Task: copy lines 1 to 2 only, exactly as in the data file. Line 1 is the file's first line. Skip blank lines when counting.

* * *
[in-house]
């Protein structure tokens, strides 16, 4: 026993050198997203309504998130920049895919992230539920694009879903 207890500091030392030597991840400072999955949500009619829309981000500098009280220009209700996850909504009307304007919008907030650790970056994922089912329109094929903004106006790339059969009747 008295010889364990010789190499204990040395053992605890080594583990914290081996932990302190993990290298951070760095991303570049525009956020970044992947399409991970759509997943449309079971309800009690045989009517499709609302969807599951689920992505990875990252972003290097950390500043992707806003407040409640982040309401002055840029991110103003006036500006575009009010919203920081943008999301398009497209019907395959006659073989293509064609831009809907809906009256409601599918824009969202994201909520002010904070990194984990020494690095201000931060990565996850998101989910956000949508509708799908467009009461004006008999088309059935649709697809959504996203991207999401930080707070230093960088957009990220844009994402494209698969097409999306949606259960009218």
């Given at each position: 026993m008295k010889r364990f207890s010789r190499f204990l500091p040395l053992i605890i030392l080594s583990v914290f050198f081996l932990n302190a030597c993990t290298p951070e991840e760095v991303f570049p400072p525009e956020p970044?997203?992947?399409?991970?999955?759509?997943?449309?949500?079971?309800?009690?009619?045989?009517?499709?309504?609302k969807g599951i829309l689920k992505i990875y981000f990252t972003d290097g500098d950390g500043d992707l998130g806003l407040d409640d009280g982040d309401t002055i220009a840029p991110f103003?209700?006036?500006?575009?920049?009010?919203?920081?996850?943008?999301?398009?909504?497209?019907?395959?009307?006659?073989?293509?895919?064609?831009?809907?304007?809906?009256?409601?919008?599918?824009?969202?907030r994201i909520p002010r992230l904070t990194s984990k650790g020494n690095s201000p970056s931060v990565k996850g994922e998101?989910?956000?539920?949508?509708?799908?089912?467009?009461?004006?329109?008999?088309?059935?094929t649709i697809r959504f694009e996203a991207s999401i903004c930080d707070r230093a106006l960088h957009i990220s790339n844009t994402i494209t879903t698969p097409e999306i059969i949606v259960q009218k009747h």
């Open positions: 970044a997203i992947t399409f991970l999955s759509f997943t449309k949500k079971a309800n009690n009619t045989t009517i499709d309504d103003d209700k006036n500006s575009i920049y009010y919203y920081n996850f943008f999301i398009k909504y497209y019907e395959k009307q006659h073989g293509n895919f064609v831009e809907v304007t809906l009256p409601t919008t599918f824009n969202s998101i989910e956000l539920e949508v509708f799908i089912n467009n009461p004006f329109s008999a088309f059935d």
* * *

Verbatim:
[in-house]
């Protein structure tokens, strides 16, 4: 026993050198997203309504998130920049895919992230539920694009879903 207890500091030392030597991840400072999955949500009619829309981000500098009280220009209700996850909504009307304007919008907030650790970056994922089912329109094929903004106006790339059969009747 008295010889364990010789190499204990040395053992605890080594583990914290081996932990302190993990290298951070760095991303570049525009956020970044992947399409991970759509997943449309079971309800009690045989009517499709609302969807599951689920992505990875990252972003290097950390500043992707806003407040409640982040309401002055840029991110103003006036500006575009009010919203920081943008999301398009497209019907395959006659073989293509064609831009809907809906009256409601599918824009969202994201909520002010904070990194984990020494690095201000931060990565996850998101989910956000949508509708799908467009009461004006008999088309059935649709697809959504996203991207999401930080707070230093960088957009990220844009994402494209698969097409999306949606259960009218």